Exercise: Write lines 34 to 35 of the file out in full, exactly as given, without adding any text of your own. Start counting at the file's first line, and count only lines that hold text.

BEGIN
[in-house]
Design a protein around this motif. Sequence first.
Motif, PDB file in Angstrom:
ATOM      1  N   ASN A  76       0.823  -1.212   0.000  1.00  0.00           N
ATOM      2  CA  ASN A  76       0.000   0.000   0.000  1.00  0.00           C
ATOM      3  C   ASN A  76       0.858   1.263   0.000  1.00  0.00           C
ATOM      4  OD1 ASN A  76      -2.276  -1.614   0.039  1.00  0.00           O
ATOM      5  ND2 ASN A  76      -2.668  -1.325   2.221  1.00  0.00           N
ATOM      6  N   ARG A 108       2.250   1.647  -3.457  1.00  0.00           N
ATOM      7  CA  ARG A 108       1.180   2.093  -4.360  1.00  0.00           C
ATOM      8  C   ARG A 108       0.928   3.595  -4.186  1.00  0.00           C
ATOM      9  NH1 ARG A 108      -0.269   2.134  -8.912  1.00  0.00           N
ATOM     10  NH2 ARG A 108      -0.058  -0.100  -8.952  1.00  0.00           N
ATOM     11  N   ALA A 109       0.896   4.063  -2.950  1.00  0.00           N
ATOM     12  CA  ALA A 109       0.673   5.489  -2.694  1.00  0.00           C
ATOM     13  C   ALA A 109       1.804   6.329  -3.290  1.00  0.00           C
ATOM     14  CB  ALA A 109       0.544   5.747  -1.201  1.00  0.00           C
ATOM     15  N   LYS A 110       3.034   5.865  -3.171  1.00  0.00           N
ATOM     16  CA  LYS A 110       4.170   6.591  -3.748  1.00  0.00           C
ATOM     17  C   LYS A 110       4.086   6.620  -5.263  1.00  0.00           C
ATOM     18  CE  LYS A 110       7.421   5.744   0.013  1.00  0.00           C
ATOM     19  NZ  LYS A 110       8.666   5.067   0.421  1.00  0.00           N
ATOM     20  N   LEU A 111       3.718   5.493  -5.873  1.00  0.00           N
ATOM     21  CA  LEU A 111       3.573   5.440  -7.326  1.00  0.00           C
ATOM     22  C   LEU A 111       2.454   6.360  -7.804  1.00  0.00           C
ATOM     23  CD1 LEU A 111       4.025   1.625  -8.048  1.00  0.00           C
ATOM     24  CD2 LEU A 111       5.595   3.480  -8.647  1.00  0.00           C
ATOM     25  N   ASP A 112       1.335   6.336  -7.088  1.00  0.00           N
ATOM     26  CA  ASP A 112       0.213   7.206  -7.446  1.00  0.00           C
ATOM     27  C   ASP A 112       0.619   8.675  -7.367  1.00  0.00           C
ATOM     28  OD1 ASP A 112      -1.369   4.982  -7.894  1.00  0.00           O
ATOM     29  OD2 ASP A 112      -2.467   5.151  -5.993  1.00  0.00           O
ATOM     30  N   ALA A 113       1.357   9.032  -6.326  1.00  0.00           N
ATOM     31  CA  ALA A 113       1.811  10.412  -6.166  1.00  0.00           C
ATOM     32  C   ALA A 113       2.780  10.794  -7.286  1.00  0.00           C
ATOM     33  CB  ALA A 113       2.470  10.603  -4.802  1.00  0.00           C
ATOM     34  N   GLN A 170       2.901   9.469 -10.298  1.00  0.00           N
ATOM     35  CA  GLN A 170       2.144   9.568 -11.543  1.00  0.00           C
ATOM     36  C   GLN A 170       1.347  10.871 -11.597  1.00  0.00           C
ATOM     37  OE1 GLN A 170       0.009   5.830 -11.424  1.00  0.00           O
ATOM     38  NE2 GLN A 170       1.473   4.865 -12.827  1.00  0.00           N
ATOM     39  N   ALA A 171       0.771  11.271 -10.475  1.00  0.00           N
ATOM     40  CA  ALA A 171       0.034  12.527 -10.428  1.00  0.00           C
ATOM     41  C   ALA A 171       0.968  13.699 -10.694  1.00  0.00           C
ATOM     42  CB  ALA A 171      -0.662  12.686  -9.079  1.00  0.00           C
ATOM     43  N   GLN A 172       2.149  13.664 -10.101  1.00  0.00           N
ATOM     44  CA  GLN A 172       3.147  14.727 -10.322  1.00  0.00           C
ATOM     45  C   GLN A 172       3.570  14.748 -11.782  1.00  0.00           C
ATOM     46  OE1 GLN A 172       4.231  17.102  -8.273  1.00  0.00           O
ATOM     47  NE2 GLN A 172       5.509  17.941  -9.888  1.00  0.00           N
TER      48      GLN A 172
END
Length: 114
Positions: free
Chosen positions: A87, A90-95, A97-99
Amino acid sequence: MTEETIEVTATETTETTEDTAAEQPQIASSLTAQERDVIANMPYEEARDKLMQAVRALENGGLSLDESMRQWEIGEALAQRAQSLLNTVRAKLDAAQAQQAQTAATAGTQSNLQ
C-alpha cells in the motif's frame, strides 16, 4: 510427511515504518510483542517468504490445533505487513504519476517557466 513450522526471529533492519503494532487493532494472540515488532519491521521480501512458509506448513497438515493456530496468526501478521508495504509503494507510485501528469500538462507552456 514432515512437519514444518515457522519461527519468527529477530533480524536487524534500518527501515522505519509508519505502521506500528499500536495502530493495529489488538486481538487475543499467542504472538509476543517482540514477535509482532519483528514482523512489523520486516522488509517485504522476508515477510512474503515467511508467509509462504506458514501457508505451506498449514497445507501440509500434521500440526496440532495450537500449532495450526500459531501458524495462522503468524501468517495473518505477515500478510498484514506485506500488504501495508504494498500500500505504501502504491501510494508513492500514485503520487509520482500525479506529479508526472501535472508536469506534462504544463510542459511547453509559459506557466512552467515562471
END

ATOM     31  CA  ALA A 113       1.811  10.412  -6.166  1.00  0.00           C
ATOM     32  C   ALA A 113       2.780  10.794  -7.286  1.00  0.00           C